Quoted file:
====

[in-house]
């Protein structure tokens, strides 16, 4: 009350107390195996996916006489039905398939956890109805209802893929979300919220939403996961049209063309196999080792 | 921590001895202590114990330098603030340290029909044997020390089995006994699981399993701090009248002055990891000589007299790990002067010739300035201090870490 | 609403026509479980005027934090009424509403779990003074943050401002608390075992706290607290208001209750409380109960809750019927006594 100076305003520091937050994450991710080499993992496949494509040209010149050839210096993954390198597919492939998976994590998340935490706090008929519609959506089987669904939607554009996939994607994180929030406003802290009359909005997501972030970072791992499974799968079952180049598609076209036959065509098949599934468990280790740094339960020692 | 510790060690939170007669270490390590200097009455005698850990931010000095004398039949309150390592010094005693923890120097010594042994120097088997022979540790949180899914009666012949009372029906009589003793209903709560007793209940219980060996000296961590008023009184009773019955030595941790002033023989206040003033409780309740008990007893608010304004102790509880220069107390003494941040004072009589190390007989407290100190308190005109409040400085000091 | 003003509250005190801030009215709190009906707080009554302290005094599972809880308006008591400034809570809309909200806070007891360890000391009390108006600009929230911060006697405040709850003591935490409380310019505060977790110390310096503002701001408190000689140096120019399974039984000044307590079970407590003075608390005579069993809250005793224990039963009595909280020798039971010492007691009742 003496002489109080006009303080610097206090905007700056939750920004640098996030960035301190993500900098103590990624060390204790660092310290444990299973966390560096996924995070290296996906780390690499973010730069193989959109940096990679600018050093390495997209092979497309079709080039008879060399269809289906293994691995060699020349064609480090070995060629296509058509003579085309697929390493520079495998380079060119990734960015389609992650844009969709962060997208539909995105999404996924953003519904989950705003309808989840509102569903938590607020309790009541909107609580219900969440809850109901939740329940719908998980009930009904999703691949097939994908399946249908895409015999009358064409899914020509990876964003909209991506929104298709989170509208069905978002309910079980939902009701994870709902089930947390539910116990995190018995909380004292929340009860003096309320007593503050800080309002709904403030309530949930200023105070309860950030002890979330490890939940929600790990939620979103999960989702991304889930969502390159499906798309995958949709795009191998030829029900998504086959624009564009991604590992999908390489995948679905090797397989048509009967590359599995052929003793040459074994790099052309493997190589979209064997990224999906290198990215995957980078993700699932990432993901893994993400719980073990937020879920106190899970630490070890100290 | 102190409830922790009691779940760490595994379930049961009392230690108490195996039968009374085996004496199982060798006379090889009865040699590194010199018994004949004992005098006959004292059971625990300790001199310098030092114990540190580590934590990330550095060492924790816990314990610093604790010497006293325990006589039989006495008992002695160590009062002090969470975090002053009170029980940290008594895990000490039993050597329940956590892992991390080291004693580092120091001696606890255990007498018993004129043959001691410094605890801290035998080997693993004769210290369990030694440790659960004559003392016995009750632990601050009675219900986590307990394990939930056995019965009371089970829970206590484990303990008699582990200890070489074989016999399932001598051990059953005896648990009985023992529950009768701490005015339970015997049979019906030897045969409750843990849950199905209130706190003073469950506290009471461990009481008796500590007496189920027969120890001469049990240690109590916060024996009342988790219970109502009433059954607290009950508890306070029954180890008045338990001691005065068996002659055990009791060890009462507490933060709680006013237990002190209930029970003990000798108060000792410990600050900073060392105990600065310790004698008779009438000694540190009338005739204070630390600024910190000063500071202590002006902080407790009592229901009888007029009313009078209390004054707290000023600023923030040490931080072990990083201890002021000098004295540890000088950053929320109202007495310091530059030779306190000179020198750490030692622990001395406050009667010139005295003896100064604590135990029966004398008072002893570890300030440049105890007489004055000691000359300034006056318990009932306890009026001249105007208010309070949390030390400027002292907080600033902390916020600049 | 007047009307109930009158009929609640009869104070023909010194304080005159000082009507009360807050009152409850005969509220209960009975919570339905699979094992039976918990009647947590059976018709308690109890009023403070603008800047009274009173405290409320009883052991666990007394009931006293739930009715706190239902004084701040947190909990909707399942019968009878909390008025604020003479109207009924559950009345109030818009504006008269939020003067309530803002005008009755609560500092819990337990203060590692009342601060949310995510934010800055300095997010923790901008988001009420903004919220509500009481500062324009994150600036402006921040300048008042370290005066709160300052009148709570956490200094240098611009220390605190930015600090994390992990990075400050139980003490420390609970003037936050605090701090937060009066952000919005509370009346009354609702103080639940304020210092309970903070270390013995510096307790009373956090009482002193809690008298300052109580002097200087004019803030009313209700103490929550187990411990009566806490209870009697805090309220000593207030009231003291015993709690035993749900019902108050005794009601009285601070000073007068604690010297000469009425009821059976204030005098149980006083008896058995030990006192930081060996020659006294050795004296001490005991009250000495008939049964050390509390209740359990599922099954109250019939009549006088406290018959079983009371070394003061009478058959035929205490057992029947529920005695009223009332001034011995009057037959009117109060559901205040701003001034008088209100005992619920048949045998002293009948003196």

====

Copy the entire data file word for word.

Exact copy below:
[in-house]
């Protein structure tokens, strides 16, 4: 009350107390195996996916006489039905398939956890109805209802893929979300919220939403996961049209063309196999080792 | 921590001895202590114990330098603030340290029909044997020390089995006994699981399993701090009248002055990891000589007299790990002067010739300035201090870490 | 609403026509479980005027934090009424509403779990003074943050401002608390075992706290607290208001209750409380109960809750019927006594 100076305003520091937050994450991710080499993992496949494509040209010149050839210096993954390198597919492939998976994590998340935490706090008929519609959506089987669904939607554009996939994607994180929030406003802290009359909005997501972030970072791992499974799968079952180049598609076209036959065509098949599934468990280790740094339960020692 | 510790060690939170007669270490390590200097009455005698850990931010000095004398039949309150390592010094005693923890120097010594042994120097088997022979540790949180899914009666012949009372029906009589003793209903709560007793209940219980060996000296961590008023009184009773019955030595941790002033023989206040003033409780309740008990007893608010304004102790509880220069107390003494941040004072009589190390007989407290100190308190005109409040400085000091 | 003003509250005190801030009215709190009906707080009554302290005094599972809880308006008591400034809570809309909200806070007891360890000391009390108006600009929230911060006697405040709850003591935490409380310019505060977790110390310096503002701001408190000689140096120019399974039984000044307590079970407590003075608390005579069993809250005793224990039963009595909280020798039971010492007691009742 003496002489109080006009303080610097206090905007700056939750920004640098996030960035301190993500900098103590990624060390204790660092310290444990299973966390560096996924995070290296996906780390690499973010730069193989959109940096990679600018050093390495997209092979497309079709080039008879060399269809289906293994691995060699020349064609480090070995060629296509058509003579085309697929390493520079495998380079060119990734960015389609992650844009969709962060997208539909995105999404996924953003519904989950705003309808989840509102569903938590607020309790009541909107609580219900969440809850109901939740329940719908998980009930009904999703691949097939994908399946249908895409015999009358064409899914020509990876964003909209991506929104298709989170509208069905978002309910079980939902009701994870709902089930947390539910116990995190018995909380004292929340009860003096309320007593503050800080309002709904403030309530949930200023105070309860950030002890979330490890939940929600790990939620979103999960989702991304889930969502390159499906798309995958949709795009191998030829029900998504086959624009564009991604590992999908390489995948679905090797397989048509009967590359599995052929003793040459074994790099052309493997190589979209064997990224999906290198990215995957980078993700699932990432993901893994993400719980073990937020879920106190899970630490070890100290 | 102190409830922790009691779940760490595994379930049961009392230690108490195996039968009374085996004496199982060798006379090889009865040699590194010199018994004949004992005098006959004292059971625990300790001199310098030092114990540190580590934590990330550095060492924790816990314990610093604790010497006293325990006589039989006495008992002695160590009062002090969470975090002053009170029980940290008594895990000490039993050597329940956590892992991390080291004693580092120091001696606890255990007498018993004129043959001691410094605890801290035998080997693993004769210290369990030694440790659960004559003392016995009750632990601050009675219900986590307990394990939930056995019965009371089970829970206590484990303990008699582990200890070489074989016999399932001598051990059953005896648990009985023992529950009768701490005015339970015997049979019906030897045969409750843990849950199905209130706190003073469950506290009471461990009481008796500590007496189920027969120890001469049990240690109590916060024996009342988790219970109502009433059954607290009950508890306070029954180890008045338990001691005065068996002659055990009791060890009462507490933060709680006013237990002190209930029970003990000798108060000792410990600050900073060392105990600065310790004698008779009438000694540190009338005739204070630390600024910190000063500071202590002006902080407790009592229901009888007029009313009078209390004054707290000023600023923030040490931080072990990083201890002021000098004295540890000088950053929320109202007495310091530059030779306190000179020198750490030692622990001395406050009667010139005295003896100064604590135990029966004398008072002893570890300030440049105890007489004055000691000359300034006056318990009932306890009026001249105007208010309070949390030390400027002292907080600033902390916020600049 | 007047009307109930009158009929609640009869104070023909010194304080005159000082009507009360807050009152409850005969509220209960009975919570339905699979094992039976918990009647947590059976018709308690109890009023403070603008800047009274009173405290409320009883052991666990007394009931006293739930009715706190239902004084701040947190909990909707399942019968009878909390008025604020003479109207009924559950009345109030818009504006008269939020003067309530803002005008009755609560500092819990337990203060590692009342601060949310995510934010800055300095997010923790901008988001009420903004919220509500009481500062324009994150600036402006921040300048008042370290005066709160300052009148709570956490200094240098611009220390605190930015600090994390992990990075400050139980003490420390609970003037936050605090701090937060009066952000919005509370009346009354609702103080639940304020210092309970903070270390013995510096307790009373956090009482002193809690008298300052109580002097200087004019803030009313209700103490929550187990411990009566806490209870009697805090309220000593207030009231003291015993709690035993749900019902108050005794009601009285601070000073007068604690010297000469009425009821059976204030005098149980006083008896058995030990006192930081060996020659006294050795004296001490005991009250000495008939049964050390509390209740359990599922099954109250019939009549006088406290018959079983009371070394003061009478058959035929205490057992029947529920005695009223009332001034011995009057037959009117109060559901205040701003001034008088209100005992619920048949045998002293009948003196």